In winter, the sun fades fast at the dimming of the day. The darkness fills the void it leaves, eeking down to surround me. By the time my boys rest peacefully in bed, the inky darkness is complete, and it is so very cold. The quiet offers both peace and distraction at once. It is a silence that I have never known. An aloneness that I have never experienced. I think back over what evening has meant to me in times gone by: hysterical laughter warmed by coffee in the comforting presence of living with my best friend in early adulthood to cooking dinner and taking comfort in the presence of the man who loved me. More recently, this had been punctuated with periods of nurturing newborns to sleep and resettling restless toddlers, but the theme was always the same: my evenings revolved around the significant ‘other’ in my life, and life just hasn’t been the same without it.
It is the silence that forces me to focus, however. I think, and reflect and try to take stock of the different pullings going on inside of me. At first there is only loneliness and regret to muse on, the constant sense that I should have somehow seen this all coming and been able to fix it. Over time this feeling becomes synonymous with the image of a runaway train: I had but a fleeting moment to try and dodge the inertia of its weight hurtling towards me because the reality is that the engine and its carriages had already been derailed. I cannot control how somebody else feels, nor the decisions that they have made.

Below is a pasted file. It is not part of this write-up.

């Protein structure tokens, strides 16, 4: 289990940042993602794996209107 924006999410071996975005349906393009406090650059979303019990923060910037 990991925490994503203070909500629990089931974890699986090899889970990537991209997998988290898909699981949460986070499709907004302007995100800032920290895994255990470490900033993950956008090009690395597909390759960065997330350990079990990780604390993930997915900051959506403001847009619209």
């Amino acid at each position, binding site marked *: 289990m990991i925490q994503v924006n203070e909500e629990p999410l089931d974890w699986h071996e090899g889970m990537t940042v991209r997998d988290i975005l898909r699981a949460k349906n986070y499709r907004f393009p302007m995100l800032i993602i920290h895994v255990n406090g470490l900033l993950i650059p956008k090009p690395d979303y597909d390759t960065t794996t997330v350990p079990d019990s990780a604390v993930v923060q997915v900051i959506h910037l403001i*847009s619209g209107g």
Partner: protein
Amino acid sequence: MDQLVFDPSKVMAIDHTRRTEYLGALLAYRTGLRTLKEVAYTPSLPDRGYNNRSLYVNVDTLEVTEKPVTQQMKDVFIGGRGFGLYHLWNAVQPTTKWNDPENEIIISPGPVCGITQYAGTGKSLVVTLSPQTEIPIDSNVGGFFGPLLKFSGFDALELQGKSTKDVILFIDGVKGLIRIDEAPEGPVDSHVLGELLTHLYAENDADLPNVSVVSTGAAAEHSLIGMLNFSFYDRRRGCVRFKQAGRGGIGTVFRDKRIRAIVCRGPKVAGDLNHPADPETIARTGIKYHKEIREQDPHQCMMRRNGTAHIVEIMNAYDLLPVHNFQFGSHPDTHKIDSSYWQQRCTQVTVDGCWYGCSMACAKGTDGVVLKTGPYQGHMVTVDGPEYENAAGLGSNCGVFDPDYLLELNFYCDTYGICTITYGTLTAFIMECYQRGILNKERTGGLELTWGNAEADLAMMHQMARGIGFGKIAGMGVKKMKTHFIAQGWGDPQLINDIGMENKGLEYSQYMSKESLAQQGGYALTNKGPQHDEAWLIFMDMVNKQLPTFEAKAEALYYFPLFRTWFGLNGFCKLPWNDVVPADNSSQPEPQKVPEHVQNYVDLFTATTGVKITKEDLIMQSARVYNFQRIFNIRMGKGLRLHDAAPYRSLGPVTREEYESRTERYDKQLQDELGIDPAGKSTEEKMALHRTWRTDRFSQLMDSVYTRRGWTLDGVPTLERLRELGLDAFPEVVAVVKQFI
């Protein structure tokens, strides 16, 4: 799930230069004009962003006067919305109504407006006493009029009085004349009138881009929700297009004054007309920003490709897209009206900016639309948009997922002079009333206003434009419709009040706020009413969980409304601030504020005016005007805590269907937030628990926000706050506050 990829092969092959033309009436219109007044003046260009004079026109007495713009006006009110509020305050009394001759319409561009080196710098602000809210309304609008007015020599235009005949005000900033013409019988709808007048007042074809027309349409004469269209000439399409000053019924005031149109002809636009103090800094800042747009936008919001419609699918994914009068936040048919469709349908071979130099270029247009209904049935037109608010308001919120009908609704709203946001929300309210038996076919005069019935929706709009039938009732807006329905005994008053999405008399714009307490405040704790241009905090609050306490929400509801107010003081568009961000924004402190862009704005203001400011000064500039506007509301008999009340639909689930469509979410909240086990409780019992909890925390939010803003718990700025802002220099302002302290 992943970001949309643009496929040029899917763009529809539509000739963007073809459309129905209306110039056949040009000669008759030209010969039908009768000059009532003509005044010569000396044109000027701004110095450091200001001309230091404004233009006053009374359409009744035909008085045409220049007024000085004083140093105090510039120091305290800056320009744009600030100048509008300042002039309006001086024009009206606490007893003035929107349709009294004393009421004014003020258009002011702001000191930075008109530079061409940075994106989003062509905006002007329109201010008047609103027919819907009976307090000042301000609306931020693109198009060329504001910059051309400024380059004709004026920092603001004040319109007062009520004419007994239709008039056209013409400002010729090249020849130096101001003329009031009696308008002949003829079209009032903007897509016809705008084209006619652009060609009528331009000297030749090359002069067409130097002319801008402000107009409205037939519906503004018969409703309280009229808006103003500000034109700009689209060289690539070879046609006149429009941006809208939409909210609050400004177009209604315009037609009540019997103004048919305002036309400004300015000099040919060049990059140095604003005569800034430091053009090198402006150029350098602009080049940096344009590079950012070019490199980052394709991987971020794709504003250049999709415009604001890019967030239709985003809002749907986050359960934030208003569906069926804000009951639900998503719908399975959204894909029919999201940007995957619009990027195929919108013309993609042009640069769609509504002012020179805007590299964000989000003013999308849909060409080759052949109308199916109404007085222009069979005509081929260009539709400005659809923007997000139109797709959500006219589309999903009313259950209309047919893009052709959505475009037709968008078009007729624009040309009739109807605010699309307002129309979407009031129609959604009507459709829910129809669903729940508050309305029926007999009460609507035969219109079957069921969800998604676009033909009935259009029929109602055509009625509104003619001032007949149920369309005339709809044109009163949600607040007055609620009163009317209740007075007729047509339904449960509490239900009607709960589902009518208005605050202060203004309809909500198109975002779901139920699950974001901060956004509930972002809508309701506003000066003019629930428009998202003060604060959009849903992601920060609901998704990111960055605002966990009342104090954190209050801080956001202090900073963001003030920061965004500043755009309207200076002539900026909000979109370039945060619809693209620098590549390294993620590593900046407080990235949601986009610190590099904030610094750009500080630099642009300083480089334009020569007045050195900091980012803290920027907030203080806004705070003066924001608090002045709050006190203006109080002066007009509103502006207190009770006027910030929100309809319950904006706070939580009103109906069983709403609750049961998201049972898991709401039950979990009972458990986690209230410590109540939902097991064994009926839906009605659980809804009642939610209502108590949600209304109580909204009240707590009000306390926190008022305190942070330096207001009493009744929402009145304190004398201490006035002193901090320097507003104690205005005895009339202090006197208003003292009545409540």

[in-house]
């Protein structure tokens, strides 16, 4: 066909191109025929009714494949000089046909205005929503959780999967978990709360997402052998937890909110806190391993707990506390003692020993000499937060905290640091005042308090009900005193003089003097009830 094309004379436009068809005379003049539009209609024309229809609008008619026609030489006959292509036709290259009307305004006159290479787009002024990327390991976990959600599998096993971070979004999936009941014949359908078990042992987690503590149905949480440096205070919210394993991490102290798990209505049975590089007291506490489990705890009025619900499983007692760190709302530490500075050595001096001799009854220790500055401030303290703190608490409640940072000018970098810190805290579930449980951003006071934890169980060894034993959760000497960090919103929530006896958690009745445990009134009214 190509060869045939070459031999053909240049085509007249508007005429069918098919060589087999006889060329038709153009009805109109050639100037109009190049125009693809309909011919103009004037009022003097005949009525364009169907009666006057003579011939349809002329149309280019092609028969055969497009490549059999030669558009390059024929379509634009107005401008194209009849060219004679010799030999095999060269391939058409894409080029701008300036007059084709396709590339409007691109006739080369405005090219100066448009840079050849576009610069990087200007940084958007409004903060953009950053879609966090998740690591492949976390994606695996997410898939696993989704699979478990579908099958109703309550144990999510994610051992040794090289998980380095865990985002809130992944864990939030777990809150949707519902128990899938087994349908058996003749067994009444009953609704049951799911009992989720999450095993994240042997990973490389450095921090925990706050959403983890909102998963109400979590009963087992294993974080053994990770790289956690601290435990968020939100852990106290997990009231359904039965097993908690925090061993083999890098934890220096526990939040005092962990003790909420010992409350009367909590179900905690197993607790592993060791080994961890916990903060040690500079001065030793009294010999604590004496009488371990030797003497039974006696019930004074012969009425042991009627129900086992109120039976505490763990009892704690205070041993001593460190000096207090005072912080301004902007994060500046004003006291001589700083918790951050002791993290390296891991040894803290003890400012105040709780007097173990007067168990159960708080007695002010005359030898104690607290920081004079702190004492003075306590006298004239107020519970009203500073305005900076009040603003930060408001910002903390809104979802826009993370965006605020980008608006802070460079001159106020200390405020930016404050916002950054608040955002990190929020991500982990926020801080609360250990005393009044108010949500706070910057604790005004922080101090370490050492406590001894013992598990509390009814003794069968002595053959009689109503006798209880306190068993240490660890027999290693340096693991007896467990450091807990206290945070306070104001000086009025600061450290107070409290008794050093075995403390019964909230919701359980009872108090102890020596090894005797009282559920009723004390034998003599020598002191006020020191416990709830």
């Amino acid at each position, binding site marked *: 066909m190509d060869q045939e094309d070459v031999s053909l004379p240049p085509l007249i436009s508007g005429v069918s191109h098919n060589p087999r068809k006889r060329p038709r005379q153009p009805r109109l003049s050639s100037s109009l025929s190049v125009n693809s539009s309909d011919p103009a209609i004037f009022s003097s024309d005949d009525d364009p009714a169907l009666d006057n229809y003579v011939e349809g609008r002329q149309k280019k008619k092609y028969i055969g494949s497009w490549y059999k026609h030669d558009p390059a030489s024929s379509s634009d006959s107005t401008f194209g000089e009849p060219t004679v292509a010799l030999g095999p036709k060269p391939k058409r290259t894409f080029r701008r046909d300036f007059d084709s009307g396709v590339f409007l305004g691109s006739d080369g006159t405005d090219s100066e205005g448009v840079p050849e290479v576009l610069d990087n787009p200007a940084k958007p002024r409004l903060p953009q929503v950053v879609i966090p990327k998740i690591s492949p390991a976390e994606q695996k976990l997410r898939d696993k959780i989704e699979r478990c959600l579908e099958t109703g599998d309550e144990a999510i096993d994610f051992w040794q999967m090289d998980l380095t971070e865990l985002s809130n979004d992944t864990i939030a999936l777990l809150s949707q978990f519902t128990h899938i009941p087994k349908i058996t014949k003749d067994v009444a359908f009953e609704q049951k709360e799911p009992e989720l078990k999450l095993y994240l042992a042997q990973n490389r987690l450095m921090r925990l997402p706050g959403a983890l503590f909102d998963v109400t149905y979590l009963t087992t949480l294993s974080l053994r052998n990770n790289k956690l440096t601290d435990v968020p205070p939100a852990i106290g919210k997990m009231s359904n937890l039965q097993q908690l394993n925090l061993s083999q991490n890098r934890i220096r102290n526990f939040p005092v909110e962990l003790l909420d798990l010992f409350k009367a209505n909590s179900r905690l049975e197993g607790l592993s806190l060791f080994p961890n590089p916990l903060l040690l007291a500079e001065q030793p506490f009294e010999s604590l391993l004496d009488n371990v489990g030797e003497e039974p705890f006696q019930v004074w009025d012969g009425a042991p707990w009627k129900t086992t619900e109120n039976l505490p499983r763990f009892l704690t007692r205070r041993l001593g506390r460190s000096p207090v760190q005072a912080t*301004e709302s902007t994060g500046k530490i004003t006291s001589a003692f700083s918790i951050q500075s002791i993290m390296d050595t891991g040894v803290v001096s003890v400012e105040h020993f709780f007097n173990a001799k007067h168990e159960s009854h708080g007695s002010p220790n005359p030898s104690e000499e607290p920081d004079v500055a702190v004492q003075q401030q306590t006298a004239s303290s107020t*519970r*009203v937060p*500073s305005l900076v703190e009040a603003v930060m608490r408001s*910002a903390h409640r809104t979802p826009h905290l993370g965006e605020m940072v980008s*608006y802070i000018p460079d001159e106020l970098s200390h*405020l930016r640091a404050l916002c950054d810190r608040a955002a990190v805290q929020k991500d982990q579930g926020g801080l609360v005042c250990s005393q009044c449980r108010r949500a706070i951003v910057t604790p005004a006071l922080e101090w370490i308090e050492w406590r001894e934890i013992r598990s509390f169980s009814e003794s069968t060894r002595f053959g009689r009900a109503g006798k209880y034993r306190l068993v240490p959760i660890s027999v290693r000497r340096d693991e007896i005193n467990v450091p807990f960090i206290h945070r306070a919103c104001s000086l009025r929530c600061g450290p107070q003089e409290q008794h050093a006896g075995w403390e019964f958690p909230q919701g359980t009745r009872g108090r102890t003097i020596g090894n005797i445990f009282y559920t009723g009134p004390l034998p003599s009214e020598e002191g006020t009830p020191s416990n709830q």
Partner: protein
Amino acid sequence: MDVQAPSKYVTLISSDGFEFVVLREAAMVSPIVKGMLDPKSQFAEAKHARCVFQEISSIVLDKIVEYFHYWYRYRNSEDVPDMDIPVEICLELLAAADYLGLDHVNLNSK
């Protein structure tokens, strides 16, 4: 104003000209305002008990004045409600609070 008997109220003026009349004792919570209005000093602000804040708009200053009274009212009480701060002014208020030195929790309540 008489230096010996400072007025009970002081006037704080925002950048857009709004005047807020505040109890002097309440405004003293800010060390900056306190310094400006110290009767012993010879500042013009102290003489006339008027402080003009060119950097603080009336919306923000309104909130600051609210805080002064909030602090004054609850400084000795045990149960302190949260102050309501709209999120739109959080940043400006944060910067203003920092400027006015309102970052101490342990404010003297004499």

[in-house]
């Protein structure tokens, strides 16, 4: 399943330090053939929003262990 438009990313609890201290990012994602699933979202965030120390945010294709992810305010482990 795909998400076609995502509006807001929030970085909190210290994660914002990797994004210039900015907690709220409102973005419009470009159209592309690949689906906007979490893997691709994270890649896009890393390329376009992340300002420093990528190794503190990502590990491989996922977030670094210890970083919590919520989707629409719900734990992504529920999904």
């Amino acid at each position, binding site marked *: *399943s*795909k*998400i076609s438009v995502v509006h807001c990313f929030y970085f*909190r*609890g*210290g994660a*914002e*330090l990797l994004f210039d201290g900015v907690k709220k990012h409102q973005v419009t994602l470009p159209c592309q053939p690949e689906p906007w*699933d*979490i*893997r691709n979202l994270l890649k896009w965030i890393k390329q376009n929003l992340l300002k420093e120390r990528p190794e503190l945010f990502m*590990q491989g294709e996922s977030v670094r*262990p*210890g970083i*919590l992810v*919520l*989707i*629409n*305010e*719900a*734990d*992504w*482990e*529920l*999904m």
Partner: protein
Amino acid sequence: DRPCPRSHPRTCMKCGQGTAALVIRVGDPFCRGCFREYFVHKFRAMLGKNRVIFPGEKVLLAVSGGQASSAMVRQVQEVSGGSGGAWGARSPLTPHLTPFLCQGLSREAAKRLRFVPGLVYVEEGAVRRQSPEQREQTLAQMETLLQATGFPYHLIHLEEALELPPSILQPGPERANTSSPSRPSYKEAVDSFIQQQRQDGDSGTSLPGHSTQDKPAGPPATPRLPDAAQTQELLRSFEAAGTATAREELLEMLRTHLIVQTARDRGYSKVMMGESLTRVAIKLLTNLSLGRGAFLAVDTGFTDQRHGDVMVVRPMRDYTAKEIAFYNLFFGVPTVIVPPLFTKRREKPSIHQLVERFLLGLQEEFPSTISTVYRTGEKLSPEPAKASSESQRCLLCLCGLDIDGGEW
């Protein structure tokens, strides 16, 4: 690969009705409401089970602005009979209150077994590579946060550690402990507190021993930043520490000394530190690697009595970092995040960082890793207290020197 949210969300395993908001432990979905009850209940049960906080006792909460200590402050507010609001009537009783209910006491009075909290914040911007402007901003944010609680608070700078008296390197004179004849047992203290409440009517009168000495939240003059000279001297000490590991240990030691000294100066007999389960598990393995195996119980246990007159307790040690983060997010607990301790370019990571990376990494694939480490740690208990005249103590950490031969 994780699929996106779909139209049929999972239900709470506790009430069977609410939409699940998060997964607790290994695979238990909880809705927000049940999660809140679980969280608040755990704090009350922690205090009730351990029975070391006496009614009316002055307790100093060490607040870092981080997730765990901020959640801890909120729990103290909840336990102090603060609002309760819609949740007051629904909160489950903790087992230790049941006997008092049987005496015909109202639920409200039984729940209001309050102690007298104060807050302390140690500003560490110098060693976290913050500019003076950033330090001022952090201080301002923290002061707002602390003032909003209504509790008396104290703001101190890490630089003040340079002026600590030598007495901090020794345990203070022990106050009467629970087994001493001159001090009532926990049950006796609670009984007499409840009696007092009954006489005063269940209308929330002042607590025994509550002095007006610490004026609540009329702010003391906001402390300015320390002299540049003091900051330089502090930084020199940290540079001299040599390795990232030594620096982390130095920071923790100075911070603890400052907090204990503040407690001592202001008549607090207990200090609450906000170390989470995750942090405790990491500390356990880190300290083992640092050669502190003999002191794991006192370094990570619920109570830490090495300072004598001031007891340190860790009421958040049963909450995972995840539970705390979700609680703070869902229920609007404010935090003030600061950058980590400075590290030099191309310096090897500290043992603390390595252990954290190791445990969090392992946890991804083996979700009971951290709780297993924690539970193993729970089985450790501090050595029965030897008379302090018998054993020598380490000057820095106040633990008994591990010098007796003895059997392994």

Other feelings creep in, too. There’s the small sense of pride that I feel when I briefly pause and realise that the house is still standing and the world hasn’t collapsed even though I am doing it all on my own. I’m working long hours, commuting, and caring for my boys around the clock. The bills are getting paid, the dishes are being done and the animals are mostly getting fed. I look at my giggling boys playing together and realise that they are ok, that they will keep being ok, that we are holding it together. There is joy still happening here. We are still a family.
I become aware of the sense of relief and freedom that slowly creeps into my days. Realisations come hard and fast: I didn’t know what I didn’t know. It is painful yet cathartic at the same time: I didn’t know how unhappy I was. I didn’t know the real me had been buried under years of control and routine and negative influence. I feel her still there, that girl I once knew. She isn’t the one who has been forgotten or left behind; she had gone into hiding a long time ago. The melting away begins with the benign: what music I choose to listen to on the way to work, and becomes bolder and more confident: What do you dare to hope for in the future? I want to fight it, to deny hope its complete audacity under such circumstances, but I find so many strong voices in my life echoing the sentiment that it becomes harder to shake off. You will build a new life, they encourage. One of the silver linings in the whole situation lies with the friends who reach out and share their own stories and vulnerabilities with me. It gets better, they implore, so much better. And then came the game changer: He has set you free, Babe, you just need to learn how to fly….